Recently, I watched the hunters at the edge of the property calling to each other– their dogs barking, caught up in the frenzy. I thought again about the ring, its symbolism forgotten in the midst of the wildness, the men and their guns; of primal enjoyment, tradition. How, because of an ages-old agreement, they held the right to random entry, to violate.  At any time they could appear, in high blood, for their ritual. Even in the enlightened ritual of marriage such primal natures lie. Lie: meaning both an animal’s lair and a falsehood, rooted in the word for bed, the semantic tangling of sex and power. There are never any women, that I can see, in these hunting parties. And as I watched and listened, my heart leapt in my throat – I have no wish to participate in that kind of blood-sport, but I know I feel something similar when I desire.



It is now sometime later, and I have returned to London. It makes sense that this was the house I ended up living in during my brief travels. A converted hunting lodge built for the mistress of a local landowner long ago who demanded it. No whim but an exercise of power, the spoils of the hunt. Case sparse Monteporcili, named for the wild boars. The story goes that he built her this house so that he could stand on the edge of the property and look across the valley at his wife and children; his one eye on pleasure and the hunt, the other on respectability; a man straddling two worlds.

Today, hundreds of years later, the ghosts of the mistress’s unborn children are said to haunt the property. I think idly that if they do, they appear in the form of the deer that spring through the olive trees at dawn, or the boars that cause childlike havoc at night. The boars are able to sense the faults in the electric fence, hooking the dead spots onto bushes and low branches, racing into the gardens to root up the earth. At night I would lean out of the window to hear their snuffling and feel no fear (though I know some are enormous and dangerous), instead comforted by the routines of the wild. The huntsmen  surround the property during the day, as does the piss-reek of the animals – wild and domesticated – that marks the corners with its scent.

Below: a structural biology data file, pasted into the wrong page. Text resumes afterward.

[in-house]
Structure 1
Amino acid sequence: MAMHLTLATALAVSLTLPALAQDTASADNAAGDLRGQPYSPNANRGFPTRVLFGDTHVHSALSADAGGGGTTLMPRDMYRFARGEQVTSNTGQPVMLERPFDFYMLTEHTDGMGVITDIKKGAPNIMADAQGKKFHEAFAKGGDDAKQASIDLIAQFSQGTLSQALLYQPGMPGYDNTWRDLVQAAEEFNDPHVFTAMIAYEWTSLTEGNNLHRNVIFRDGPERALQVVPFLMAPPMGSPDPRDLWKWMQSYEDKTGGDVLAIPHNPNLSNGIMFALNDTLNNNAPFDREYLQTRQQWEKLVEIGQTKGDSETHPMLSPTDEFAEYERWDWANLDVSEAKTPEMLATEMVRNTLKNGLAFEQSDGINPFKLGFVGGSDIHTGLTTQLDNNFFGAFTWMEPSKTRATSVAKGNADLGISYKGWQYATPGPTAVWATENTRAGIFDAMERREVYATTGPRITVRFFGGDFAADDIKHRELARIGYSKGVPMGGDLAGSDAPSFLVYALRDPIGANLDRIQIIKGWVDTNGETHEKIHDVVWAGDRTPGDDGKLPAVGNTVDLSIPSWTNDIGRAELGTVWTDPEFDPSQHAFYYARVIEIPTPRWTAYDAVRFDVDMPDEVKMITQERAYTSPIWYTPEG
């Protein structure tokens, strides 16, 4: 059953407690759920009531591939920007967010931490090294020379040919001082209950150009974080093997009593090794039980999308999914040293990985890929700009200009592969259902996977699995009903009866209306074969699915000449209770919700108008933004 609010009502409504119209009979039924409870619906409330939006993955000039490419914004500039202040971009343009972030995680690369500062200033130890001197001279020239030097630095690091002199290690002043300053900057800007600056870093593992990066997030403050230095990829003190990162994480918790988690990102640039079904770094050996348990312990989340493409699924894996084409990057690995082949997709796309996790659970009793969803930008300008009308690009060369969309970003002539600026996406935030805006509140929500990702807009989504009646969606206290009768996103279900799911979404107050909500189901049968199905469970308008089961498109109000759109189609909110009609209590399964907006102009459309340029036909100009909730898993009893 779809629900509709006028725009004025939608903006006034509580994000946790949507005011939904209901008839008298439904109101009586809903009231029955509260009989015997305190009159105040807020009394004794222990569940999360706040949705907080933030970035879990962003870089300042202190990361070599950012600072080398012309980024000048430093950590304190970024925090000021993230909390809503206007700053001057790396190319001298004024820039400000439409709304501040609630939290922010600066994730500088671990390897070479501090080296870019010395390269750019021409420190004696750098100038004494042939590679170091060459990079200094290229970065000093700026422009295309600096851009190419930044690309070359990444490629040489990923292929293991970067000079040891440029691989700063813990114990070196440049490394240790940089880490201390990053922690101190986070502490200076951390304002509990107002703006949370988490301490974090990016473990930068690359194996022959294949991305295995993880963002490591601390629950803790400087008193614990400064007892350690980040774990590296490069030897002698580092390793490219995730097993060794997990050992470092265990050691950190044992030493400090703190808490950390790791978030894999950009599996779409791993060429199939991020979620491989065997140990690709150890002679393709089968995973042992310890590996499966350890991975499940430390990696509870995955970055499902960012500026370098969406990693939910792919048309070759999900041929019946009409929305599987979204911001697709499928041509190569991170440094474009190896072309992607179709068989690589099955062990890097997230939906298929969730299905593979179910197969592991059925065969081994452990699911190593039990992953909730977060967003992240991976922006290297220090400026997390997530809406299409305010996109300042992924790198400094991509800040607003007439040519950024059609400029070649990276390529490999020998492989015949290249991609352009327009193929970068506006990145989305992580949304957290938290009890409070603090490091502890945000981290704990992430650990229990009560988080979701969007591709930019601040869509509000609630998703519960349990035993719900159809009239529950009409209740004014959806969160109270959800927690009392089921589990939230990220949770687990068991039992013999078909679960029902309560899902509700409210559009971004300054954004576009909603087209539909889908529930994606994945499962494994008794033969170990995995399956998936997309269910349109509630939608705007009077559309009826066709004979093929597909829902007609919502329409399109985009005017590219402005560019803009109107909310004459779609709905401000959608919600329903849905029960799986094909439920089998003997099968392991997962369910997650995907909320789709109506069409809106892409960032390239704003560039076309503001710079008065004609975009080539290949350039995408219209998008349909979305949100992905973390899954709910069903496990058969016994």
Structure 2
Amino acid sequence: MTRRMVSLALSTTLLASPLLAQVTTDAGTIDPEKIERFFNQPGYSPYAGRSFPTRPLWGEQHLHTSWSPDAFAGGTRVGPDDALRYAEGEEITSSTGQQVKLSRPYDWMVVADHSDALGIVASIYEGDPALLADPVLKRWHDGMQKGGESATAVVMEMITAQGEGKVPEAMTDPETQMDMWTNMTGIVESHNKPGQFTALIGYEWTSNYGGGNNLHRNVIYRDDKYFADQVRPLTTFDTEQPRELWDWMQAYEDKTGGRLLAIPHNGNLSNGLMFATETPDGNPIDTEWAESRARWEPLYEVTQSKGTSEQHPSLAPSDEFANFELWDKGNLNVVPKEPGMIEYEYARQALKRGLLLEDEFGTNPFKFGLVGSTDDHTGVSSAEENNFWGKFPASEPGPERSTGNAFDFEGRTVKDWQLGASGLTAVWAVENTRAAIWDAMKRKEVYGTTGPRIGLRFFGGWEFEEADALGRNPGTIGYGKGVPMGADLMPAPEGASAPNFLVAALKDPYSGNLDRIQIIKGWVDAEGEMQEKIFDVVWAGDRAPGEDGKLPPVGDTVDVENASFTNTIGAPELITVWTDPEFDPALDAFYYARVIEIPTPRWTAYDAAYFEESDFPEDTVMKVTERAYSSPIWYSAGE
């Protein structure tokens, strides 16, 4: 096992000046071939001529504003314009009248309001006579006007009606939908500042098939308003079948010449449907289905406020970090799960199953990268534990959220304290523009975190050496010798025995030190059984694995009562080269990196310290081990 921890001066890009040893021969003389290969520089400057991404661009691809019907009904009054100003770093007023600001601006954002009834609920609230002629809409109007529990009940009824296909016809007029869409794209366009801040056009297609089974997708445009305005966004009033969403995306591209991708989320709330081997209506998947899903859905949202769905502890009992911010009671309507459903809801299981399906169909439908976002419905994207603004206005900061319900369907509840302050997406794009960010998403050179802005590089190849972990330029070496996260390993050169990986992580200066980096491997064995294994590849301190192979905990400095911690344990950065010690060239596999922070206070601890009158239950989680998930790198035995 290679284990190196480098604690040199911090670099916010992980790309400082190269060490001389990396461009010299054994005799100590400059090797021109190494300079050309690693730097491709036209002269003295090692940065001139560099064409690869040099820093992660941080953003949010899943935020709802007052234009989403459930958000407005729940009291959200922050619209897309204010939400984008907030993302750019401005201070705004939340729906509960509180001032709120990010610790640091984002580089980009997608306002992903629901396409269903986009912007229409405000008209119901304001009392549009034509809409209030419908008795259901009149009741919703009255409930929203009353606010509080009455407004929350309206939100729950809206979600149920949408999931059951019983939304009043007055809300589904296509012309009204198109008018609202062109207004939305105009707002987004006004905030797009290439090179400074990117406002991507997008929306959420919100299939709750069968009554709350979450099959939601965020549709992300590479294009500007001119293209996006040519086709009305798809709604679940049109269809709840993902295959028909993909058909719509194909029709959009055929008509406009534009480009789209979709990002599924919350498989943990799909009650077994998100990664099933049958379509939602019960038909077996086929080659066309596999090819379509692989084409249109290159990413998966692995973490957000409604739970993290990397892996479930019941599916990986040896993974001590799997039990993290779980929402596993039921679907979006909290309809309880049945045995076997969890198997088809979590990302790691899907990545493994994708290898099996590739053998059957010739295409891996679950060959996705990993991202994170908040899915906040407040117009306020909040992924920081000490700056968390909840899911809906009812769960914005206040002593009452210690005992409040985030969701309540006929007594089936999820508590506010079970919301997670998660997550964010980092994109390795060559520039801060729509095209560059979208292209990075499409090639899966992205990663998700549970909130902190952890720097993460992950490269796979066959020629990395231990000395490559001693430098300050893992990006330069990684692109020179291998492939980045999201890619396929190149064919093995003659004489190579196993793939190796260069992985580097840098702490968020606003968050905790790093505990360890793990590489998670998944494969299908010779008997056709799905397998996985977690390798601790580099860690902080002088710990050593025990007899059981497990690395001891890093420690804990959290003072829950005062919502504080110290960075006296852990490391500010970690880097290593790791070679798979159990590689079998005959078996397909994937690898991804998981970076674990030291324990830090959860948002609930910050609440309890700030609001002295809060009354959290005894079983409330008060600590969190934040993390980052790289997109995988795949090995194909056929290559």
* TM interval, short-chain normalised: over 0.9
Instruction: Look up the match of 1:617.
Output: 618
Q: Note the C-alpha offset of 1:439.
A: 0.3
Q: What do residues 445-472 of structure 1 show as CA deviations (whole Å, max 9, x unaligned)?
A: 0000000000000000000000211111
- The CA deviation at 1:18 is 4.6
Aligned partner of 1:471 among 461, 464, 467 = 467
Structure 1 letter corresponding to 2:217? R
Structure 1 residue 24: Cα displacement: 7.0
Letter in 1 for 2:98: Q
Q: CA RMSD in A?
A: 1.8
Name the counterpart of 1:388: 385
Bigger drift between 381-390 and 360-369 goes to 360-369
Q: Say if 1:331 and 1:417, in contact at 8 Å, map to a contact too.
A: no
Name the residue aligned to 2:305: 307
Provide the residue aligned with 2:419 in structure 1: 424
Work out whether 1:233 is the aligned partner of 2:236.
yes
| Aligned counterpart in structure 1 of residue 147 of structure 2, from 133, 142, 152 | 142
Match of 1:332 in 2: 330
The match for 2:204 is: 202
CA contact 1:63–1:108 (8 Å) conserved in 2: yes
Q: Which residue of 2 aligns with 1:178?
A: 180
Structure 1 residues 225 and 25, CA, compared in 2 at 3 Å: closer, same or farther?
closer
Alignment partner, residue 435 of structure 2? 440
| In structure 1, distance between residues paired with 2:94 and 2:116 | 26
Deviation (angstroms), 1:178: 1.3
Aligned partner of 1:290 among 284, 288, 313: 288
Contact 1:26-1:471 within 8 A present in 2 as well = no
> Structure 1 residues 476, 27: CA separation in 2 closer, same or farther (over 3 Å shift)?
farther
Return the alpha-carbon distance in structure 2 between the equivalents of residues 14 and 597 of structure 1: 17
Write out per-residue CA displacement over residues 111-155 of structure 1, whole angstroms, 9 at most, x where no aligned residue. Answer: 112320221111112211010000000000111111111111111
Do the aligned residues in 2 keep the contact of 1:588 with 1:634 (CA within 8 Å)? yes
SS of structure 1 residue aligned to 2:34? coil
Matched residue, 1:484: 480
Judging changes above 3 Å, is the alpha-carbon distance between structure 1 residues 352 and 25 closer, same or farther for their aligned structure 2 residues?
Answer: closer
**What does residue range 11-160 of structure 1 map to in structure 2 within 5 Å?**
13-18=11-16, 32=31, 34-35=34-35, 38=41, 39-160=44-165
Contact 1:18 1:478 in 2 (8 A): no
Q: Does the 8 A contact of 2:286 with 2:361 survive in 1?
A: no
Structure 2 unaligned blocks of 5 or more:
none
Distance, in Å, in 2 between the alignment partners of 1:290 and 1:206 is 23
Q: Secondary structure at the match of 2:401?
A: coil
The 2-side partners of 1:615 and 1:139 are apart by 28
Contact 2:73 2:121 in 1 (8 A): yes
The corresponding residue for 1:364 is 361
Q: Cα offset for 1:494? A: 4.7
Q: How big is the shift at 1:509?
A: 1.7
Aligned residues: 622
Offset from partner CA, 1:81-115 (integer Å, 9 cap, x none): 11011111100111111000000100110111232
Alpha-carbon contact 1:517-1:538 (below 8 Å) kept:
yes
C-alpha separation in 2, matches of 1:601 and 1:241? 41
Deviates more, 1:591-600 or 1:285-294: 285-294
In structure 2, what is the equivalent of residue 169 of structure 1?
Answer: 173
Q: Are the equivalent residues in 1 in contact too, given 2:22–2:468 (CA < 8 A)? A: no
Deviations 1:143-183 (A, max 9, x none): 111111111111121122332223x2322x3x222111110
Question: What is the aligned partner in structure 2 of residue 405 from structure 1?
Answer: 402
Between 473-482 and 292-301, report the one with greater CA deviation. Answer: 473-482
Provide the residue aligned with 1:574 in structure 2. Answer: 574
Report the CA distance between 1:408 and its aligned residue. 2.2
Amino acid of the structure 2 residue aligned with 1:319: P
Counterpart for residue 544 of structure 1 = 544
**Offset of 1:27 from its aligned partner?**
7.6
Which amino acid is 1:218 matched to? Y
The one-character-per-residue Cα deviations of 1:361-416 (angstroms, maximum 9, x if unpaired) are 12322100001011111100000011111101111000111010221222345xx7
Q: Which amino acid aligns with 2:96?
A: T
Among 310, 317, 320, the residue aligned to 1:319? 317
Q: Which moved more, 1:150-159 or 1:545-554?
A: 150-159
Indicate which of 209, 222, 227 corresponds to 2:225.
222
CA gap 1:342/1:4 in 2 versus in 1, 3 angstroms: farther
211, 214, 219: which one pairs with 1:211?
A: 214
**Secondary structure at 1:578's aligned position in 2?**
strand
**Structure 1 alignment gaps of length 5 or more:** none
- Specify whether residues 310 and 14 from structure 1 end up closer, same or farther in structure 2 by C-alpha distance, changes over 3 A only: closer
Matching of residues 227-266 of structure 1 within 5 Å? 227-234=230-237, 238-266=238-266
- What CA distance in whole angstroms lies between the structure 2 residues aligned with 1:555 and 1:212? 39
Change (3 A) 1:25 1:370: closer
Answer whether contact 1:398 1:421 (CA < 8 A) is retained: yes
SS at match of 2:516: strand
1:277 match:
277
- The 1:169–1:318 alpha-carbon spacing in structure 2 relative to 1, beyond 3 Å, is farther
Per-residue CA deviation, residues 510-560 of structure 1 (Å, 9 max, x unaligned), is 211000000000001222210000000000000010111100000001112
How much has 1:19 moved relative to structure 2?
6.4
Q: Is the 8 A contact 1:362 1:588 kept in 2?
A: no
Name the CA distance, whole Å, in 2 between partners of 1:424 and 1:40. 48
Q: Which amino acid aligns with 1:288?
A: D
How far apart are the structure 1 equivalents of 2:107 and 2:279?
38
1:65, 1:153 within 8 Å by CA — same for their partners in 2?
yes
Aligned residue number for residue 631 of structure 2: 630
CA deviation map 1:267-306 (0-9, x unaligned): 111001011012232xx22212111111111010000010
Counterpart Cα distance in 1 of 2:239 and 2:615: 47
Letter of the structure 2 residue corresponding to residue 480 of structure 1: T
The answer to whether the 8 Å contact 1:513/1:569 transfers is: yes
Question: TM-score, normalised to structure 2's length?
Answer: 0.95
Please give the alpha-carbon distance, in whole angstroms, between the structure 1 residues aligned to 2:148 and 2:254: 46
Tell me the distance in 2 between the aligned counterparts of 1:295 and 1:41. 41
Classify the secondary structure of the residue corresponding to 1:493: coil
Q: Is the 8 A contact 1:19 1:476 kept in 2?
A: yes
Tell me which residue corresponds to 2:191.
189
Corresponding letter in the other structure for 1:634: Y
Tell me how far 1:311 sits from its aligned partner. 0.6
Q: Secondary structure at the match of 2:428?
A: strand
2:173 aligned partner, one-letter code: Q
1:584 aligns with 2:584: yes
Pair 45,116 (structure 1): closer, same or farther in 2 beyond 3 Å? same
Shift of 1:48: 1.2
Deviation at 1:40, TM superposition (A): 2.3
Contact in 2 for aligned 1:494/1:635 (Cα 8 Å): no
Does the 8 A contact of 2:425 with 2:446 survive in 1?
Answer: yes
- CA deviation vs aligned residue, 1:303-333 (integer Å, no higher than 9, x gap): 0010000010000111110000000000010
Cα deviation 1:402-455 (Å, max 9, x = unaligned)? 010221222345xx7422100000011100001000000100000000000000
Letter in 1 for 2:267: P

I made up my mind again to sell the ring, to get rid of it once and for all. I contacted a few online jewellers, none were interested. Even the jeweller the ring was originally purchased from, after asking for a photo and description, declined. Now it sits in its box, thrown in the back of a desk drawer. I fantasise about burying it in the Heath, throwing it in the Thames, leaving it somewhere – anywhere – else. The last jeweller I approached suggested having it remade into another piece, but the memories will stay with me whatever new shape it takes.

I picture the ring lying on the leaf-covered floor of the valley again, with boars and hounds and men running over it. Concentric, concentricus: with, together, centre. The hunters surround me, his words slouching in reminder: things fall apart, but the centre, the centre always holds.


       Tomoé Hill’s writing can be found in Music & Literature, 3A.M. Magazine, Numéro Cinq, The Amorist, and Lapsus Lima, as well as in the anthologies We’ll Never Have Paris (Repeater Books), Love Bites (Dostoyevsky Wannabe), and forthcoming in Trauma: Art as a response to mental health (Dodo Ink). Twitter: @CuriosoTheGreat